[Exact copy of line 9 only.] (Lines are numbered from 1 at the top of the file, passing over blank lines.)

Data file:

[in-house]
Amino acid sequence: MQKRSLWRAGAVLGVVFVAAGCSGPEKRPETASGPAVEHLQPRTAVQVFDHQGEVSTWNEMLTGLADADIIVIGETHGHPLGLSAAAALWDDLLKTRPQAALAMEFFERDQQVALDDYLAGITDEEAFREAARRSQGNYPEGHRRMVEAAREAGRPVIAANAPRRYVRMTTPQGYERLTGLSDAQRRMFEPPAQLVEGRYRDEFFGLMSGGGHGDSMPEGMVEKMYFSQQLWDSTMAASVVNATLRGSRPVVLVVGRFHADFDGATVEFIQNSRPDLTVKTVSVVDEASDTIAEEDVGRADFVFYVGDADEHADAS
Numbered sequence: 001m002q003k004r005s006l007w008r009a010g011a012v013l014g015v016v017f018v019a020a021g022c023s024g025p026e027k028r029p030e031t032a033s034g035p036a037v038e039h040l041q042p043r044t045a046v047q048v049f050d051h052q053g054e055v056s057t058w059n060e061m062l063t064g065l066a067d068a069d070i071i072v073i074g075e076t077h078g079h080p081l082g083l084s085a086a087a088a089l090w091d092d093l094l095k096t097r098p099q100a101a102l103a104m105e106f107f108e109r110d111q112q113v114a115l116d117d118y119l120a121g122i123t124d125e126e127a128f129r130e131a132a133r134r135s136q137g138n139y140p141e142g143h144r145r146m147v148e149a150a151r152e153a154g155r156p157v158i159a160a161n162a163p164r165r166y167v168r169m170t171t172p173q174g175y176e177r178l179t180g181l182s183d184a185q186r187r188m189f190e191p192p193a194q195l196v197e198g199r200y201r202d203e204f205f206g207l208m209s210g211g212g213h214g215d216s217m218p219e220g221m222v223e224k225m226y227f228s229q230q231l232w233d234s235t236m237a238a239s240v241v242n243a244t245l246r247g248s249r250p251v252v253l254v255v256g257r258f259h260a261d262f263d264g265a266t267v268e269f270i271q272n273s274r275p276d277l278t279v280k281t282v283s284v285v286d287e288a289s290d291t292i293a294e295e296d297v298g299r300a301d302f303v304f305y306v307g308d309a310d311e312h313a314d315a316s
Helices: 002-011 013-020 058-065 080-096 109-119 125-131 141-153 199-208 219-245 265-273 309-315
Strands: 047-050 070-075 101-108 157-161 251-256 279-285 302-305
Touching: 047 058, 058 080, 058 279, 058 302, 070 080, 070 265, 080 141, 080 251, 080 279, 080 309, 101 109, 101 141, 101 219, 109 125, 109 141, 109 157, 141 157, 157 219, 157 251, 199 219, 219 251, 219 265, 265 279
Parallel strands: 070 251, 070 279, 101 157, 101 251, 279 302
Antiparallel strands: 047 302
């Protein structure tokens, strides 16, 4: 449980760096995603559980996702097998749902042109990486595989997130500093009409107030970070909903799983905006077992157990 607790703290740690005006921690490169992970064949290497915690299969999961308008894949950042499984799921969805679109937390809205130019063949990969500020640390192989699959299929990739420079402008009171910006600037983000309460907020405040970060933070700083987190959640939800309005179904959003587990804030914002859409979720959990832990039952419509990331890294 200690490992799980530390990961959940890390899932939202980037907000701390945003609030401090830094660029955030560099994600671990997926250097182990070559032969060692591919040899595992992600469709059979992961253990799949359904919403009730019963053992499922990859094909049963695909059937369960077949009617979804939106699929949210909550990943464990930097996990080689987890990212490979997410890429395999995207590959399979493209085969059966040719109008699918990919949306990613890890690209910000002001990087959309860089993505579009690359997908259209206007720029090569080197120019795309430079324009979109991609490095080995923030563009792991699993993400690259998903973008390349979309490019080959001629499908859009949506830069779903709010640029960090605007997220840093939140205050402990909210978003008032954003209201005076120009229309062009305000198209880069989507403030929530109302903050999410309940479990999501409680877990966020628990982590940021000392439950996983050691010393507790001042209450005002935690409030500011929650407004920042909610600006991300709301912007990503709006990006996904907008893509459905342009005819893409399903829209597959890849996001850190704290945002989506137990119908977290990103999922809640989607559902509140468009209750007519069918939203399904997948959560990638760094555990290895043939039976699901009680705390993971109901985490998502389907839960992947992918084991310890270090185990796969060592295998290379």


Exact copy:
């Protein structure tokens, strides 16, 4: 449980760096995603559980996702097998749902042109990486595989997130500093009409107030970070909903799983905006077992157990 607790703290740690005006921690490169992970064949290497915690299969999961308008894949950042499984799921969805679109937390809205130019063949990969500020640390192989699959299929990739420079402008009171910006600037983000309460907020405040970060933070700083987190959640939800309005179904959003587990804030914002859409979720959990832990039952419509990331890294 200690490992799980530390990961959940890390899932939202980037907000701390945003609030401090830094660029955030560099994600671990997926250097182990070559032969060692591919040899595992992600469709059979992961253990799949359904919403009730019963053992499922990859094909049963695909059937369960077949009617979804939106699929949210909550990943464990930097996990080689987890990212490979997410890429395999995207590959399979493209085969059966040719109008699918990919949306990613890890690209910000002001990087959309860089993505579009690359997908259209206007720029090569080197120019795309430079324009979109991609490095080995923030563009792991699993993400690259998903973008390349979309490019080959001629499908859009949506830069779903709010640029960090605007997220840093939140205050402990909210978003008032954003209201005076120009229309062009305000198209880069989507403030929530109302903050999410309940479990999501409680877990966020628990982590940021000392439950996983050691010393507790001042209450005002935690409030500011929650407004920042909610600006991300709301912007990503709006990006996904907008893509459905342009005819893409399903829209597959890849996001850190704290945002989506137990119908977290990103999922809640989607559902509140468009209750007519069918939203399904997948959560990638760094555990290895043939039976699901009680705390993971109901985490998502389907839960992947992918084991310890270090185990796969060592295998290379």